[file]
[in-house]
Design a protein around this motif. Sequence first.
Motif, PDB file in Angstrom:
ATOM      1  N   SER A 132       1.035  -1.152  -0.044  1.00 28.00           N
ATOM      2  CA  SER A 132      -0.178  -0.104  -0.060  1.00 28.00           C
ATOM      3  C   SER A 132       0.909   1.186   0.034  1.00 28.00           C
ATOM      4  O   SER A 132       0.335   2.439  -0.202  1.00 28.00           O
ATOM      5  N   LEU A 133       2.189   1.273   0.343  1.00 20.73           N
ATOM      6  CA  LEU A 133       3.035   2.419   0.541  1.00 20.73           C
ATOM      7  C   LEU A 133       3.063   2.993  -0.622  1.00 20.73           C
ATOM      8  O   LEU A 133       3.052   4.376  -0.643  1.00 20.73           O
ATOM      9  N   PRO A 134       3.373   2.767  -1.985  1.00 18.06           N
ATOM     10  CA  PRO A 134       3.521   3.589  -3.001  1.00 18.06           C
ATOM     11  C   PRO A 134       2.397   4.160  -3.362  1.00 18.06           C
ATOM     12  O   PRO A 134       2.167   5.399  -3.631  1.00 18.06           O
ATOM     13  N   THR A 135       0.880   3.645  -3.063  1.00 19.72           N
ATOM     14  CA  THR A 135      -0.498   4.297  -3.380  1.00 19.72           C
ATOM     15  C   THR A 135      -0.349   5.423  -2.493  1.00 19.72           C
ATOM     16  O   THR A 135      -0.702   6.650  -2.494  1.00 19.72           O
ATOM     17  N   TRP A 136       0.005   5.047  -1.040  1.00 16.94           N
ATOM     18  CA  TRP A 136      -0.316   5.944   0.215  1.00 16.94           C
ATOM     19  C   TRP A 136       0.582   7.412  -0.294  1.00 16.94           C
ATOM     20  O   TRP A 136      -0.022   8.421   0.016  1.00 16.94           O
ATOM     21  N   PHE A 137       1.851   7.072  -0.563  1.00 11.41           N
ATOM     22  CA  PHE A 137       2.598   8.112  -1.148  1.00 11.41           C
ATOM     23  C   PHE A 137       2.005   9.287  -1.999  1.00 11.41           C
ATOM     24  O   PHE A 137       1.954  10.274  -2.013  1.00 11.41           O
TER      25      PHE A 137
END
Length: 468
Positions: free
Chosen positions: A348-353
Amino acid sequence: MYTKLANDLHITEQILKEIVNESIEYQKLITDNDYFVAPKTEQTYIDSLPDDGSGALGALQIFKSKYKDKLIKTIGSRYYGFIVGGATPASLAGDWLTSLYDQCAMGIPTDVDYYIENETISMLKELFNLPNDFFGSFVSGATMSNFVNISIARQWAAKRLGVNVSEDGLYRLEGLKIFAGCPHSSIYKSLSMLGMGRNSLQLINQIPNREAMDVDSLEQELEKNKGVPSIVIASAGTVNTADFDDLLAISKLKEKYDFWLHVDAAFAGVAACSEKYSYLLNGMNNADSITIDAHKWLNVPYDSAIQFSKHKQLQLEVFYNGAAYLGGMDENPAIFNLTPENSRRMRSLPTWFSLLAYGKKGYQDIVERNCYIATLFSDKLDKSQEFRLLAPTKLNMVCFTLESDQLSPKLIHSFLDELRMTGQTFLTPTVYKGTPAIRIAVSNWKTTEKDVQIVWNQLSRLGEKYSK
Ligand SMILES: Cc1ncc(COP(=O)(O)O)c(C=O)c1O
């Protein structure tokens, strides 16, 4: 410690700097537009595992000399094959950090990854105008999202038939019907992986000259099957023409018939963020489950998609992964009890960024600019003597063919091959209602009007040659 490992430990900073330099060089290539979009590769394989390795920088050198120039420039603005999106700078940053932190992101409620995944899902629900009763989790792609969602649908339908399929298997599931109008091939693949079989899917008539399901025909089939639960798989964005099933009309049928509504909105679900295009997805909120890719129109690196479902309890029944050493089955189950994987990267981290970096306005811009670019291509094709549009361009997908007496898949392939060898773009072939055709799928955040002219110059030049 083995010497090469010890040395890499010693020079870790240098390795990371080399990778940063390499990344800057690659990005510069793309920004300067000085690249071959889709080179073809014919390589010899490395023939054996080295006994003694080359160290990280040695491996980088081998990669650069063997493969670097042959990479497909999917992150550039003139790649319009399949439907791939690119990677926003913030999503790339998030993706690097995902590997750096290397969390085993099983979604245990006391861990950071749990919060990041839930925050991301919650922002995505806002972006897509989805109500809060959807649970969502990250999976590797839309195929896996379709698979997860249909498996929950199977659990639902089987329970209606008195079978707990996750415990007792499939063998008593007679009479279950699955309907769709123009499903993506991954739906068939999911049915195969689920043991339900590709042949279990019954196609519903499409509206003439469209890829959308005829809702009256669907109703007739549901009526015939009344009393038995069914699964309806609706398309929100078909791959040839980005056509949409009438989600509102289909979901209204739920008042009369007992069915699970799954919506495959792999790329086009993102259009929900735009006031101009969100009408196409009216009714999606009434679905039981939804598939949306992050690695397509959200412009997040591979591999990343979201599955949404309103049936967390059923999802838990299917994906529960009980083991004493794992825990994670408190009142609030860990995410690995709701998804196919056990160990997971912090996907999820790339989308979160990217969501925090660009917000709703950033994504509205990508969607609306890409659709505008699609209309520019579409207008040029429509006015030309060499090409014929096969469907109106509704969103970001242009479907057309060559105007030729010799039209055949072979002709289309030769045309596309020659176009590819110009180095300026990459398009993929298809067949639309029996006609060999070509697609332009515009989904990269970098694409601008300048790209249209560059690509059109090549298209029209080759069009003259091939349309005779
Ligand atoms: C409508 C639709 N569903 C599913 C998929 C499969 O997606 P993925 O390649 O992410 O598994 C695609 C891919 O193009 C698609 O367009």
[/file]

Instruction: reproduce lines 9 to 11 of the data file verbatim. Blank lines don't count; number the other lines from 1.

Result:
ATOM      6  CA  LEU A 133       3.035   2.419   0.541  1.00 20.73           C
ATOM      7  C   LEU A 133       3.063   2.993  -0.622  1.00 20.73           C
ATOM      8  O   LEU A 133       3.052   4.376  -0.643  1.00 20.73           O